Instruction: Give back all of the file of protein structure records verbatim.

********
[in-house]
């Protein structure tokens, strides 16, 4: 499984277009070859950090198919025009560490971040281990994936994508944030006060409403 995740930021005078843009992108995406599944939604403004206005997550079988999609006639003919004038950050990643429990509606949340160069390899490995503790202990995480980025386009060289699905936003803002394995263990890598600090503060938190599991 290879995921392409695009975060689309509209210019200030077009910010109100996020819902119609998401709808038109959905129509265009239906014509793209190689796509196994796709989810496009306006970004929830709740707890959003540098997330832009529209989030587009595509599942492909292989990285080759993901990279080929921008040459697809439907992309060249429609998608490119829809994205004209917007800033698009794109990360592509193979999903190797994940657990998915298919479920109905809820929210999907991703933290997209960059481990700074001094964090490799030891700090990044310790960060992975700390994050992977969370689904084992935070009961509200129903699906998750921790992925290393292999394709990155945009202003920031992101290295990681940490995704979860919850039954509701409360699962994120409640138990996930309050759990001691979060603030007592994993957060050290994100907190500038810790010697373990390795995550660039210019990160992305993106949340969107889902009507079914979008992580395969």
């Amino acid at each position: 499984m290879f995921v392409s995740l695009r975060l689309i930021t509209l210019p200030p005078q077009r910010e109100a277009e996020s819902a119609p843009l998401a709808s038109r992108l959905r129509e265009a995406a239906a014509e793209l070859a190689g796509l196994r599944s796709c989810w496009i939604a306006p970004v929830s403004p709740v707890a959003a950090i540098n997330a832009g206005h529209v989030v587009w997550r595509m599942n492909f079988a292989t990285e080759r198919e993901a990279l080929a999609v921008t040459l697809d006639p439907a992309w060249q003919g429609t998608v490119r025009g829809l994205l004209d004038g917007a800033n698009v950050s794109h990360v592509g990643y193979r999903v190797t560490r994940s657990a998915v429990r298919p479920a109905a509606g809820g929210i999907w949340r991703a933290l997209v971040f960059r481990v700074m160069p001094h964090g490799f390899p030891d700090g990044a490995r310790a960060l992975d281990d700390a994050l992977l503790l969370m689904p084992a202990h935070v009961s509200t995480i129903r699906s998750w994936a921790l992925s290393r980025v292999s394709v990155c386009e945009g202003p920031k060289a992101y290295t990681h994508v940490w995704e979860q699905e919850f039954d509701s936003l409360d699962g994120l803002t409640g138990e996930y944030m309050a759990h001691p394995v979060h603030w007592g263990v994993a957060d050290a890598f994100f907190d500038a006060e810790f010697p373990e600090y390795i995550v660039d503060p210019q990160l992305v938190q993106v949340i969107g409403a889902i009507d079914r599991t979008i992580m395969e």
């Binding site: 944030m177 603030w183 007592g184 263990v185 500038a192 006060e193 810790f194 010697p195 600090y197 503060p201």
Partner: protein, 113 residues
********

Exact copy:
[in-house]
């Protein structure tokens, strides 16, 4: 499984277009070859950090198919025009560490971040281990994936994508944030006060409403 995740930021005078843009992108995406599944939604403004206005997550079988999609006639003919004038950050990643429990509606949340160069390899490995503790202990995480980025386009060289699905936003803002394995263990890598600090503060938190599991 290879995921392409695009975060689309509209210019200030077009910010109100996020819902119609998401709808038109959905129509265009239906014509793209190689796509196994796709989810496009306006970004929830709740707890959003540098997330832009529209989030587009595509599942492909292989990285080759993901990279080929921008040459697809439907992309060249429609998608490119829809994205004209917007800033698009794109990360592509193979999903190797994940657990998915298919479920109905809820929210999907991703933290997209960059481990700074001094964090490799030891700090990044310790960060992975700390994050992977969370689904084992935070009961509200129903699906998750921790992925290393292999394709990155945009202003920031992101290295990681940490995704979860919850039954509701409360699962994120409640138990996930309050759990001691979060603030007592994993957060050290994100907190500038810790010697373990390795995550660039210019990160992305993106949340969107889902009507079914979008992580395969």
């Amino acid at each position: 499984m290879f995921v392409s995740l695009r975060l689309i930021t509209l210019p200030p005078q077009r910010e109100a277009e996020s819902a119609p843009l998401a709808s038109r992108l959905r129509e265009a995406a239906a014509e793209l070859a190689g796509l196994r599944s796709c989810w496009i939604a306006p970004v929830s403004p709740v707890a959003a950090i540098n997330a832009g206005h529209v989030v587009w997550r595509m599942n492909f079988a292989t990285e080759r198919e993901a990279l080929a999609v921008t040459l697809d006639p439907a992309w060249q003919g429609t998608v490119r025009g829809l994205l004209d004038g917007a800033n698009v950050s794109h990360v592509g990643y193979r999903v190797t560490r994940s657990a998915v429990r298919p479920a109905a509606g809820g929210i999907w949340r991703a933290l997209v971040f960059r481990v700074m160069p001094h964090g490799f390899p030891d700090g990044a490995r310790a960060l992975d281990d700390a994050l992977l503790l969370m689904p084992a202990h935070v009961s509200t995480i129903r699906s998750w994936a921790l992925s290393r980025v292999s394709v990155c386009e945009g202003p920031k060289a992101y290295t990681h994508v940490w995704e979860q699905e919850f039954d509701s936003l409360d699962g994120l803002t409640g138990e996930y944030m309050a759990h001691p394995v979060h603030w007592g263990v994993a957060d050290a890598f994100f907190d500038a006060e810790f010697p373990e600090y390795i995550v660039d503060p210019q990160l992305v938190q993106v949340i969107g409403a889902i009507d079914r599991t979008i992580m395969e």
């Binding site: 944030m177 603030w183 007592g184 263990v185 500038a192 006060e193 810790f194 010697p195 600090y197 503060p201």
Partner: protein, 113 residues